Page authors: Don Knoke, David Giblin
Prunus americana
American plum, wild plum

Distribution: Occurring east of the Cascades crest in southcentral and southeastern Washington; Washington to Oregon, east to the Rocky Mountains, and further east across North America to the Atlantic Coast.

Habitat: Along watercourses, and on open or wooded, moist or dry areas from the plains into the lower mountains.

Flowers: April-May

Origin: Native and introduced from further east of Washington

Conservation Status: Not of concern


Shrub or small tree, 1-10 m. tall, some of the branches sharp-pointed, the bark deep brownish-purple.


Leaves alternate, deciduous, the petioles stout, pubescent, 5-12 mm. long, the blades lanceolate to elliptic, acuminate, acute at the base, serrate, glabrous, often hairy beneath, 4-10 cm. long.


Flowers 2-4 in umbels, the pedicels slender; calyx reddish tinged, the 5 lobes 2.5-3.5 mm. long, about equal to the tube, pubescent on the upper surface, oblong-lanceolate, serrulate; petals 5, white, elliptic-oblong, 7-9 mm. long; stamens about 25; pistil 1, simple.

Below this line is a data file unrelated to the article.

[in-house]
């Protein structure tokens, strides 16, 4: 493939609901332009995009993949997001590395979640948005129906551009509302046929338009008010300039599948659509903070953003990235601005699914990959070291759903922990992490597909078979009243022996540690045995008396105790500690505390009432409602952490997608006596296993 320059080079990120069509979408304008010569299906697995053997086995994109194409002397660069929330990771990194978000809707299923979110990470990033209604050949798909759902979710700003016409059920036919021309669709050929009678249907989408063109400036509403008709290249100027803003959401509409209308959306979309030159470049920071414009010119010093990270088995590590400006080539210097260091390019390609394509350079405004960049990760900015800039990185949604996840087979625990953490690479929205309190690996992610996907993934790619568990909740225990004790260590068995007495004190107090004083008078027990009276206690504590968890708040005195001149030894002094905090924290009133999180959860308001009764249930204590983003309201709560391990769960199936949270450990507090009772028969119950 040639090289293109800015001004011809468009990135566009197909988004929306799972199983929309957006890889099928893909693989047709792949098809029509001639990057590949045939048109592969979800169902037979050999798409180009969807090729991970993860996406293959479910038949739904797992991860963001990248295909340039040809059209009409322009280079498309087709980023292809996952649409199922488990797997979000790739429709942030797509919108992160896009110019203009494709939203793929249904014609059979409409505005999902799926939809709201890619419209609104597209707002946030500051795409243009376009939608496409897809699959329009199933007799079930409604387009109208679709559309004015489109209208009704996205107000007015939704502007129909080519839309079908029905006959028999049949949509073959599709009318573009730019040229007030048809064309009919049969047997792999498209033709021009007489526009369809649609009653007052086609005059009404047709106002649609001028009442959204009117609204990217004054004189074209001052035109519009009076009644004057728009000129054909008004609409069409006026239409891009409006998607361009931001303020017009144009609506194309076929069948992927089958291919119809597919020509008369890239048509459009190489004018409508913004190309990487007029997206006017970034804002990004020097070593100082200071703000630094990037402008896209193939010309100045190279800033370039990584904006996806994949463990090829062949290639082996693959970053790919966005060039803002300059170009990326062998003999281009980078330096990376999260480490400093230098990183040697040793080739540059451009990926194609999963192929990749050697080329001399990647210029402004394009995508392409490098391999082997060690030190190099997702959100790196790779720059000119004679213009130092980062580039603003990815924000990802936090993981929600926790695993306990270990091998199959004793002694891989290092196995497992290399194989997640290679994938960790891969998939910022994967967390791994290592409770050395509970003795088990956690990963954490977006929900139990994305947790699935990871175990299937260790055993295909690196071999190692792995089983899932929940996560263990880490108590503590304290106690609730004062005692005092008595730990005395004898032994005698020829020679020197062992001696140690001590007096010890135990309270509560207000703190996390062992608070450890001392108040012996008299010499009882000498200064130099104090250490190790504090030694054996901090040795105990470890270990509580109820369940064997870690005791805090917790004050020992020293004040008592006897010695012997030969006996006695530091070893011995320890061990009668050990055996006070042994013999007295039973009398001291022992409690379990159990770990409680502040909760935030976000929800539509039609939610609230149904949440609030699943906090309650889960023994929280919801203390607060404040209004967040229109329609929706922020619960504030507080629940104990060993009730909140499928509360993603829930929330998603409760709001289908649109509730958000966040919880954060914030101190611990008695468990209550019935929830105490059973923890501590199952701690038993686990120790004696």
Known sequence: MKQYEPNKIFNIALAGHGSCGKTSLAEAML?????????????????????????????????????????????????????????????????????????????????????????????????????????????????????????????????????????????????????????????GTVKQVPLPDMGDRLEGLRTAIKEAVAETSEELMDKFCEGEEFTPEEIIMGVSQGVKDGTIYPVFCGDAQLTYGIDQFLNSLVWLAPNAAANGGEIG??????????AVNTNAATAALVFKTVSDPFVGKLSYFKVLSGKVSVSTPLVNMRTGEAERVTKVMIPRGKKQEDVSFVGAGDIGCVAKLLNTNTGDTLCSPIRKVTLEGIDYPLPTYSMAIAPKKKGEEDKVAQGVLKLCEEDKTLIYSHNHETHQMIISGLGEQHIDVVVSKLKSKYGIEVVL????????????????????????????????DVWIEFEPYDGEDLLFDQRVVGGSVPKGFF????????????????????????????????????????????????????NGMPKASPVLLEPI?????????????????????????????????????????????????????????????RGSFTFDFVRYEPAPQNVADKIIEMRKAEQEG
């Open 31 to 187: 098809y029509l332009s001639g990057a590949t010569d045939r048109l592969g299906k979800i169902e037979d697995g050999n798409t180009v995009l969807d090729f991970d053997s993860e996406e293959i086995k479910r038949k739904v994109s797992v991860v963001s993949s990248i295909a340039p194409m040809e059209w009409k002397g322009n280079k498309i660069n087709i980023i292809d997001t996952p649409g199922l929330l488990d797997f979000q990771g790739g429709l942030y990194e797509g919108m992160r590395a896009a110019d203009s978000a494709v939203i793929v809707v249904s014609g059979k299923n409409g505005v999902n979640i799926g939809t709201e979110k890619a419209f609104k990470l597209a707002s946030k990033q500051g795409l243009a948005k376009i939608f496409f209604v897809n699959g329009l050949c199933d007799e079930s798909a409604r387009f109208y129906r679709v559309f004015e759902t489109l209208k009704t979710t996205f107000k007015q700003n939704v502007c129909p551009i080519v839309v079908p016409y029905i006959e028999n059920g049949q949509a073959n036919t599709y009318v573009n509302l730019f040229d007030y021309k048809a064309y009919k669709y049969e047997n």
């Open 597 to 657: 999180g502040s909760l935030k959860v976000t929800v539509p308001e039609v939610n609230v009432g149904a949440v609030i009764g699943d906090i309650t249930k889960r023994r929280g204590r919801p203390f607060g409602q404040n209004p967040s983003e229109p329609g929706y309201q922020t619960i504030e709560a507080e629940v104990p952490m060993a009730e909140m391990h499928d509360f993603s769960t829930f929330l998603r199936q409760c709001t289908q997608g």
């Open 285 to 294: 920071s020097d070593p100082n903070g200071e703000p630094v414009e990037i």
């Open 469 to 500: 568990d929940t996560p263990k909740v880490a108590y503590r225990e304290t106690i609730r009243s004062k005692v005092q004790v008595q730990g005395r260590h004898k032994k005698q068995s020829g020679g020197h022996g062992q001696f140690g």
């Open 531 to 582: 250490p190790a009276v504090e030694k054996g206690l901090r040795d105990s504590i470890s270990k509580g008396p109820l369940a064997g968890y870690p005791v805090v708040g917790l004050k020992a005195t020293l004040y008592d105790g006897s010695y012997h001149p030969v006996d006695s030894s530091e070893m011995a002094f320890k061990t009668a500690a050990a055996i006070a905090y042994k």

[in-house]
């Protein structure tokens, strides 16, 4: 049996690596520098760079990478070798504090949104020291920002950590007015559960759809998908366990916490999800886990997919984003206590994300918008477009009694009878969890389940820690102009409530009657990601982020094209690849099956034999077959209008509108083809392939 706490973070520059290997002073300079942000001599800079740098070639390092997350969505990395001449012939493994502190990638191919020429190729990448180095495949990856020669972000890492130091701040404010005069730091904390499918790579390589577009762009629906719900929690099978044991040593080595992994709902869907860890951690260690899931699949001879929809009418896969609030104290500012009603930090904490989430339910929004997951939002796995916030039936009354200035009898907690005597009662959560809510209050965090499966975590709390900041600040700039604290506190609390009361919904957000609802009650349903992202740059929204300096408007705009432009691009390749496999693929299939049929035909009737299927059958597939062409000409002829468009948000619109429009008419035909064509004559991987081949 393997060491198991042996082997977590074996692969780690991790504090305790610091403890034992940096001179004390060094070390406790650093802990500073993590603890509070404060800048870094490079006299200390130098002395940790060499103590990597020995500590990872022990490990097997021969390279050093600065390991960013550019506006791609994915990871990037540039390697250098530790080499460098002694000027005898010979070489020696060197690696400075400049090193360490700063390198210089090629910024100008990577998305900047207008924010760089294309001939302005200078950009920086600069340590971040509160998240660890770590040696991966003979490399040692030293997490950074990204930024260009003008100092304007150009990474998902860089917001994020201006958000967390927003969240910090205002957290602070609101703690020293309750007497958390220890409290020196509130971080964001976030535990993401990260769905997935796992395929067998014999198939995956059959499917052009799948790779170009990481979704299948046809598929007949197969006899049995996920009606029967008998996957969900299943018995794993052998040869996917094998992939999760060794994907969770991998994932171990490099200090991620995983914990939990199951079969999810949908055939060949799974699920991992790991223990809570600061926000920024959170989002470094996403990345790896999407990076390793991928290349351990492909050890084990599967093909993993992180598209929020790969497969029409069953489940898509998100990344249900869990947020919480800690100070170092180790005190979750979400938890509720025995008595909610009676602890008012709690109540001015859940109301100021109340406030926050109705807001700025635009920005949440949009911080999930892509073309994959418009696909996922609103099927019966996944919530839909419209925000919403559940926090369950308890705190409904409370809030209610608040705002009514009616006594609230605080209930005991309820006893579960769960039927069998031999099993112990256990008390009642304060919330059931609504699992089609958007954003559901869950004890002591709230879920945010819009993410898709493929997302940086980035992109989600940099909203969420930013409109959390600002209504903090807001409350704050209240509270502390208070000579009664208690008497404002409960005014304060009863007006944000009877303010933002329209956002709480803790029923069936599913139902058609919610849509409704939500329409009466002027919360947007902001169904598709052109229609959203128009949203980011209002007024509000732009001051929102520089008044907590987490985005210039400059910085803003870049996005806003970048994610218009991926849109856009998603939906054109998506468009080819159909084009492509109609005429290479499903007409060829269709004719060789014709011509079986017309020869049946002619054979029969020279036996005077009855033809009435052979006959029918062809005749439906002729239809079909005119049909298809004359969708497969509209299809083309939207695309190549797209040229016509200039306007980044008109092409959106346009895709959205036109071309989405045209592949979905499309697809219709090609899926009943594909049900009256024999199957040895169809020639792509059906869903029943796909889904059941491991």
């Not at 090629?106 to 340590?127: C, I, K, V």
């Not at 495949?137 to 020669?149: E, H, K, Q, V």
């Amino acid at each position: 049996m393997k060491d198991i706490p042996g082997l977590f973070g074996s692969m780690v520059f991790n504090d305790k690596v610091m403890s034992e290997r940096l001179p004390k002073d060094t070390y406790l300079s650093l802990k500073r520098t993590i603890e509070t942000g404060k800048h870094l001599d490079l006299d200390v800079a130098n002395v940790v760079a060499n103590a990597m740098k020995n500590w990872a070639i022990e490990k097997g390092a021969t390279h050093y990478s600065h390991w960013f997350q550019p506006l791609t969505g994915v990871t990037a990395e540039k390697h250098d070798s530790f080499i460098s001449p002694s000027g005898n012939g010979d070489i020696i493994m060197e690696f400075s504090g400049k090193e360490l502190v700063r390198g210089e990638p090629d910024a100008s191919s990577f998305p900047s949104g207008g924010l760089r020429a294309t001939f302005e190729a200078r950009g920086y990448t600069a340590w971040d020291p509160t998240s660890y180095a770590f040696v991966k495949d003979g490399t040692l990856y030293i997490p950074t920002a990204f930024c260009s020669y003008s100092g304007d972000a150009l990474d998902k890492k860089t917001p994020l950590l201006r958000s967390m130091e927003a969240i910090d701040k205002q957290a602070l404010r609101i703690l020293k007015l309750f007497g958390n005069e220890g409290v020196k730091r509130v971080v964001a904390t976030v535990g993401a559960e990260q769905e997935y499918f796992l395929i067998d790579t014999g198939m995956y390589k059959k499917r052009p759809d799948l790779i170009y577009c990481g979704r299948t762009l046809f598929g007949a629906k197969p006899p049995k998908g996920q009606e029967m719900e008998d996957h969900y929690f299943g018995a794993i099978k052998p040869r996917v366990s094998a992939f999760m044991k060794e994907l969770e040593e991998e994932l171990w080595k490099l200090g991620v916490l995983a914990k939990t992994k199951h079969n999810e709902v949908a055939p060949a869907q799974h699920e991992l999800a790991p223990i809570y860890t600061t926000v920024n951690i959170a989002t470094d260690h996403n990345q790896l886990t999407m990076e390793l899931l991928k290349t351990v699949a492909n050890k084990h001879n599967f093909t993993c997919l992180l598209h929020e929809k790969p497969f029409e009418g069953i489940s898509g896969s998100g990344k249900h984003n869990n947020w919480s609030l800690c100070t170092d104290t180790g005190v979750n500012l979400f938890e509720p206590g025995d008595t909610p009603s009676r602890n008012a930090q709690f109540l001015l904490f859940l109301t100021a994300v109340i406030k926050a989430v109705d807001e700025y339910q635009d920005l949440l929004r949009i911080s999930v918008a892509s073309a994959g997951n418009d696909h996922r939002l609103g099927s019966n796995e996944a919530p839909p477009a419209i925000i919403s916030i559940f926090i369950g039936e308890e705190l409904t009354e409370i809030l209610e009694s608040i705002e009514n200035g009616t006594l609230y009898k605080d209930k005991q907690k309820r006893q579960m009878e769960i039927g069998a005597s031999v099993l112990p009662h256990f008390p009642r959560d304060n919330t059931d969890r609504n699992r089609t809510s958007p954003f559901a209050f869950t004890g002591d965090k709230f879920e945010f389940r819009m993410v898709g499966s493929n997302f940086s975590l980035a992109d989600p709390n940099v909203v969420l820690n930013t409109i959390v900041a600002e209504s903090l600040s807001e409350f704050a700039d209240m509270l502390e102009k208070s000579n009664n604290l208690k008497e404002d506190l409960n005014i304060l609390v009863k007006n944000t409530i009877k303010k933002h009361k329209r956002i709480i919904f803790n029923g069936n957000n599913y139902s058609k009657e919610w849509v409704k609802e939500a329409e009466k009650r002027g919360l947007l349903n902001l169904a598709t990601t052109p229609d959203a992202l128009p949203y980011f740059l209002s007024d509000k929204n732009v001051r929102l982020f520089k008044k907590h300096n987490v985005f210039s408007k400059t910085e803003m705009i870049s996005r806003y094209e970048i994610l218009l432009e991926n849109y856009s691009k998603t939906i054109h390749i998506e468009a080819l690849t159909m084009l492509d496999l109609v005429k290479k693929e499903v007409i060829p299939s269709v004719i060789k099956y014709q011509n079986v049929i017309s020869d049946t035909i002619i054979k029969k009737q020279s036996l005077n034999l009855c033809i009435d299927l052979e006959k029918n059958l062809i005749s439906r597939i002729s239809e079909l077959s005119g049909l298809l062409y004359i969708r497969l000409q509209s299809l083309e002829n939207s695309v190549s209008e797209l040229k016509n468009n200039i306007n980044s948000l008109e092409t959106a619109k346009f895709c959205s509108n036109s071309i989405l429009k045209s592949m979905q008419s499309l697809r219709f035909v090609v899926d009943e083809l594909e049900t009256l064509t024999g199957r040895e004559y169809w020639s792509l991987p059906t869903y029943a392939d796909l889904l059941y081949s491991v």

Drupe orange to purplish-red, the flesh yellow, 1.8-2.5 cm. long.

Accepted Name:
Prunus americana Marshall
Publication: Arbust. Amer. 111. 1785.

Synonyms & Misapplications:
Prunus domestica L. var. americana Castiglioni
Additional Resources:

PNW Herbaria: Specimen records of Prunus americana in the Consortium of Pacific Northwest Herbaria database.

WA Flora Checklist: Prunus americana checklist entry.

E-Flora BC: Prunus americana atlas page.

CalPhotos: Prunus americana photos.

USDA Plants: Prunus americana information.

0 photographs:
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